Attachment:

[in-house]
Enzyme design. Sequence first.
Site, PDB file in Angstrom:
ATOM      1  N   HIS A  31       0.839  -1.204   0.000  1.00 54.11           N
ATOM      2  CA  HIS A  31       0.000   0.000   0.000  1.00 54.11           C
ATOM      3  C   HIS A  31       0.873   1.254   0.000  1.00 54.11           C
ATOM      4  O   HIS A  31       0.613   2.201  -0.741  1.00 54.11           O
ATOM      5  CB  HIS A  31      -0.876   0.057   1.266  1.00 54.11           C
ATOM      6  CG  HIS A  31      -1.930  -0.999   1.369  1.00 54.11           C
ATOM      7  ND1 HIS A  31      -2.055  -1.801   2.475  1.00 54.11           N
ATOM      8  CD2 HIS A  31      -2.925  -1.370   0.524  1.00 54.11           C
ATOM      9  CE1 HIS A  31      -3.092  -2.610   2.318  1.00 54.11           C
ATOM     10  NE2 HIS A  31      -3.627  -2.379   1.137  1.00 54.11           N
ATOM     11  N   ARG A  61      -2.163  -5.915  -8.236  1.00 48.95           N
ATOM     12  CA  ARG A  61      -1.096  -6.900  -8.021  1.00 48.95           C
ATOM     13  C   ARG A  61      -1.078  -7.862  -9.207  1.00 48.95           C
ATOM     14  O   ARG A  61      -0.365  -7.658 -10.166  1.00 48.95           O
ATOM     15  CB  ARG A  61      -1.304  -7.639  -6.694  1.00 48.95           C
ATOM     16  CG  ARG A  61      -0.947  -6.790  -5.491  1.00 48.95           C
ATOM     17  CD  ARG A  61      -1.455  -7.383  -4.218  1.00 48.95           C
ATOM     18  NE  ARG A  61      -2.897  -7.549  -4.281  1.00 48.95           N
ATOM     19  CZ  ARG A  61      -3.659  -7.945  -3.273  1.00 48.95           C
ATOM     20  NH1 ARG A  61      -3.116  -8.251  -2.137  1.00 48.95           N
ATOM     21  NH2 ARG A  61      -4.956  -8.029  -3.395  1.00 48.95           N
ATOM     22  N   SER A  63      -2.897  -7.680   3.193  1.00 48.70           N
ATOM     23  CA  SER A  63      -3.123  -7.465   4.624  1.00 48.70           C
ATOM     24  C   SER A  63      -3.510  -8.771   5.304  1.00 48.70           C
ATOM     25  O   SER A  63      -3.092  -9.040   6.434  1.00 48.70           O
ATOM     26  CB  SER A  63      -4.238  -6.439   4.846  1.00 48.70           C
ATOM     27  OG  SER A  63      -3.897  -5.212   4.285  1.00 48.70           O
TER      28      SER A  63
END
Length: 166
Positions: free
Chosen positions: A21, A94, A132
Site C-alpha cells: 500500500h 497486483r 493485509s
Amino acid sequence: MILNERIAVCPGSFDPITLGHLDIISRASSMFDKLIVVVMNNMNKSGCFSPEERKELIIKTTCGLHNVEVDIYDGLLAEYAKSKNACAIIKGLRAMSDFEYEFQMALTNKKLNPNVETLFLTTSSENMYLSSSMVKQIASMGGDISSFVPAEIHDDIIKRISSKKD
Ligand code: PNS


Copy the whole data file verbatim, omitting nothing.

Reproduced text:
[in-house]
Enzyme design. Sequence first.
Site, PDB file in Angstrom:
ATOM      1  N   HIS A  31       0.839  -1.204   0.000  1.00 54.11           N
ATOM      2  CA  HIS A  31       0.000   0.000   0.000  1.00 54.11           C
ATOM      3  C   HIS A  31       0.873   1.254   0.000  1.00 54.11           C
ATOM      4  O   HIS A  31       0.613   2.201  -0.741  1.00 54.11           O
ATOM      5  CB  HIS A  31      -0.876   0.057   1.266  1.00 54.11           C
ATOM      6  CG  HIS A  31      -1.930  -0.999   1.369  1.00 54.11           C
ATOM      7  ND1 HIS A  31      -2.055  -1.801   2.475  1.00 54.11           N
ATOM      8  CD2 HIS A  31      -2.925  -1.370   0.524  1.00 54.11           C
ATOM      9  CE1 HIS A  31      -3.092  -2.610   2.318  1.00 54.11           C
ATOM     10  NE2 HIS A  31      -3.627  -2.379   1.137  1.00 54.11           N
ATOM     11  N   ARG A  61      -2.163  -5.915  -8.236  1.00 48.95           N
ATOM     12  CA  ARG A  61      -1.096  -6.900  -8.021  1.00 48.95           C
ATOM     13  C   ARG A  61      -1.078  -7.862  -9.207  1.00 48.95           C
ATOM     14  O   ARG A  61      -0.365  -7.658 -10.166  1.00 48.95           O
ATOM     15  CB  ARG A  61      -1.304  -7.639  -6.694  1.00 48.95           C
ATOM     16  CG  ARG A  61      -0.947  -6.790  -5.491  1.00 48.95           C
ATOM     17  CD  ARG A  61      -1.455  -7.383  -4.218  1.00 48.95           C
ATOM     18  NE  ARG A  61      -2.897  -7.549  -4.281  1.00 48.95           N
ATOM     19  CZ  ARG A  61      -3.659  -7.945  -3.273  1.00 48.95           C
ATOM     20  NH1 ARG A  61      -3.116  -8.251  -2.137  1.00 48.95           N
ATOM     21  NH2 ARG A  61      -4.956  -8.029  -3.395  1.00 48.95           N
ATOM     22  N   SER A  63      -2.897  -7.680   3.193  1.00 48.70           N
ATOM     23  CA  SER A  63      -3.123  -7.465   4.624  1.00 48.70           C
ATOM     24  C   SER A  63      -3.510  -8.771   5.304  1.00 48.70           C
ATOM     25  O   SER A  63      -3.092  -9.040   6.434  1.00 48.70           O
ATOM     26  CB  SER A  63      -4.238  -6.439   4.846  1.00 48.70           C
ATOM     27  OG  SER A  63      -3.897  -5.212   4.285  1.00 48.70           O
TER      28      SER A  63
END
Length: 166
Positions: free
Chosen positions: A21, A94, A132
Site C-alpha cells: 500500500h 497486483r 493485509s
Amino acid sequence: MILNERIAVCPGSFDPITLGHLDIISRASSMFDKLIVVVMNNMNKSGCFSPEERKELIIKTTCGLHNVEVDIYDGLLAEYAKSKNACAIIKGLRAMSDFEYEFQMALTNKKLNPNVETLFLTTSSENMYLSSSMVKQIASMGGDISSFVPAEIHDDIIKRISSKKD
Ligand code: PNS